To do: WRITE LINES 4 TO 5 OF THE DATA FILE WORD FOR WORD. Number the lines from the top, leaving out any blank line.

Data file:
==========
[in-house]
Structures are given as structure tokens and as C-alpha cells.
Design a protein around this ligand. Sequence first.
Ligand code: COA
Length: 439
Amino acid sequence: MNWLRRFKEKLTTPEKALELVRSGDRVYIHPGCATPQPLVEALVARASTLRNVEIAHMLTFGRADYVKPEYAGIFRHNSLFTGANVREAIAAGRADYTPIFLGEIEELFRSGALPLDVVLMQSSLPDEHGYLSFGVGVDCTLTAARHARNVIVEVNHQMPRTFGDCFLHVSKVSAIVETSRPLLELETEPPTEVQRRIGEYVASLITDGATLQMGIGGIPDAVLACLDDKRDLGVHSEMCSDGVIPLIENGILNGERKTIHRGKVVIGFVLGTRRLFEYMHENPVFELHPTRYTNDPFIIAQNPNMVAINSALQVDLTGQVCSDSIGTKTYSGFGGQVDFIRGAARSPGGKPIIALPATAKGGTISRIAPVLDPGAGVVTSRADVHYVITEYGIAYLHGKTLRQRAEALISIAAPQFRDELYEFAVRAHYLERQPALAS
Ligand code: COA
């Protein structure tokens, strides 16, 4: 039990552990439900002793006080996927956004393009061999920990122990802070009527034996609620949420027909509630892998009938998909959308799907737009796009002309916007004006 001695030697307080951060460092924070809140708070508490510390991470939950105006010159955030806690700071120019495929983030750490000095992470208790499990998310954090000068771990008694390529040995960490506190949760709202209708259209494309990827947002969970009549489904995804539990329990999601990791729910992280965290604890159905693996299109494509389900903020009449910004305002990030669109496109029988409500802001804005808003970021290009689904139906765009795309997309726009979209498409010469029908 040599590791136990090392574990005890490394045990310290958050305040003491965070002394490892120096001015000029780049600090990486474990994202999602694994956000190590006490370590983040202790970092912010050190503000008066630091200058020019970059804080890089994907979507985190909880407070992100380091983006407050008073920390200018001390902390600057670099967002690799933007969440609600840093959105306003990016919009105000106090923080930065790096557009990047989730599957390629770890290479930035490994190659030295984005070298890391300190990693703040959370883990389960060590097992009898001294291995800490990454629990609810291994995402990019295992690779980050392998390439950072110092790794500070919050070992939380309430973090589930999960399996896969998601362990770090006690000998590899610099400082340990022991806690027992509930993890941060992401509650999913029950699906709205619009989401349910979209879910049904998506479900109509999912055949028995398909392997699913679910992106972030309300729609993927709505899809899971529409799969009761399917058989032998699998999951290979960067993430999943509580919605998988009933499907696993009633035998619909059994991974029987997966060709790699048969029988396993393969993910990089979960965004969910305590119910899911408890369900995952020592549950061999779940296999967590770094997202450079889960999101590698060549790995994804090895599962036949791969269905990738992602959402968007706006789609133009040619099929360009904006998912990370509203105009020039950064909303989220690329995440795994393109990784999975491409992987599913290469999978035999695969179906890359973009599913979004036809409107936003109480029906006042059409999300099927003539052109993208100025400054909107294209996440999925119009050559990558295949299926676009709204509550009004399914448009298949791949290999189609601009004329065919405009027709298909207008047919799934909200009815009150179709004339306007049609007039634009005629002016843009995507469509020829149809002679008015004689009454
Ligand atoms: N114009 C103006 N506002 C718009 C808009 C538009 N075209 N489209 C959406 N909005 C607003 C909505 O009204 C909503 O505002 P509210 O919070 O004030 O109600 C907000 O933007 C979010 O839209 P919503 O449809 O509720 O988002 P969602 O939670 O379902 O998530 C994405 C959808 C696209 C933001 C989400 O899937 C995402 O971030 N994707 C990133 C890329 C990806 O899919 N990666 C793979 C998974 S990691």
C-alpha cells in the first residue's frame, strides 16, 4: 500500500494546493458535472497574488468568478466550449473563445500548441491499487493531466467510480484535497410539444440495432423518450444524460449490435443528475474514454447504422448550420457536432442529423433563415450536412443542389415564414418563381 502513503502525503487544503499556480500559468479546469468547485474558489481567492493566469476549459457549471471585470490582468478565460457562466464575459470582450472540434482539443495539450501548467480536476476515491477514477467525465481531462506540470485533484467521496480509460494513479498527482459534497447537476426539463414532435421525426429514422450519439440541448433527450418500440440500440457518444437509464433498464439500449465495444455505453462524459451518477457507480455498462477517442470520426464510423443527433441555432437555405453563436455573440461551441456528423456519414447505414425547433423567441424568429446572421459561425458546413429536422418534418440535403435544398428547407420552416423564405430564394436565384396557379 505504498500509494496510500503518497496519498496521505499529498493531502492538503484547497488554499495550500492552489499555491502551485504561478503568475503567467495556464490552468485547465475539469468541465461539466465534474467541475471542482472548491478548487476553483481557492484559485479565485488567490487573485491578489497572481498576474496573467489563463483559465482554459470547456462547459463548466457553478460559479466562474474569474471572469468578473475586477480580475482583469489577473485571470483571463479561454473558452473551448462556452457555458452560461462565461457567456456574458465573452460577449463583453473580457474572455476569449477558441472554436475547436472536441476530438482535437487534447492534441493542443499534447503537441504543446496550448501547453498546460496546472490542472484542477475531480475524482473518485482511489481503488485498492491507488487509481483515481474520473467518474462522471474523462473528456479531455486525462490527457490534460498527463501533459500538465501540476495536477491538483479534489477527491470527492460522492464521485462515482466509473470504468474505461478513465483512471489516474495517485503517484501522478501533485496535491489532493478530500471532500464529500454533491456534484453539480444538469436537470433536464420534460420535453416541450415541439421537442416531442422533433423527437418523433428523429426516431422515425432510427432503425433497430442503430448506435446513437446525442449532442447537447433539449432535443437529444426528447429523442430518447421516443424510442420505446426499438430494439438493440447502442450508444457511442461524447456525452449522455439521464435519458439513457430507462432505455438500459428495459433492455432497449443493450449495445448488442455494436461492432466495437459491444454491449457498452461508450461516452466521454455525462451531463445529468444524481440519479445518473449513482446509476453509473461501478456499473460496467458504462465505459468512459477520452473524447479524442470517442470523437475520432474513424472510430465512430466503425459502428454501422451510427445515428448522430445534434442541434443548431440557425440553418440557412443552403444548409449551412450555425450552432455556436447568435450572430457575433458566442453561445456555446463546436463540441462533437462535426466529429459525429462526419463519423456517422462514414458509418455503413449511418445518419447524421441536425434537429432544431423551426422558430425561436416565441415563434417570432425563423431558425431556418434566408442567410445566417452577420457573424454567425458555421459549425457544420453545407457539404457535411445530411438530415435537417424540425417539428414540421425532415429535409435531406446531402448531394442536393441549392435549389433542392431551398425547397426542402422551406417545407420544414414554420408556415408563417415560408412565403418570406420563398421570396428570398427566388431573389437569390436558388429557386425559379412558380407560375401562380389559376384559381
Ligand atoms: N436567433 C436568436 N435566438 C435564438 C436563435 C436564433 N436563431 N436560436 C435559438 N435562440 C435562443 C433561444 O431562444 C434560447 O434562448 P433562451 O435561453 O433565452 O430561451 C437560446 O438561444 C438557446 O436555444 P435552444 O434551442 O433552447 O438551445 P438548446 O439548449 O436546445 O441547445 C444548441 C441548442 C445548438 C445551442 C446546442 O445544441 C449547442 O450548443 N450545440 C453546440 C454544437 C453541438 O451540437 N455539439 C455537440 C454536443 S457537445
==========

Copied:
Ligand code: COA
Length: 439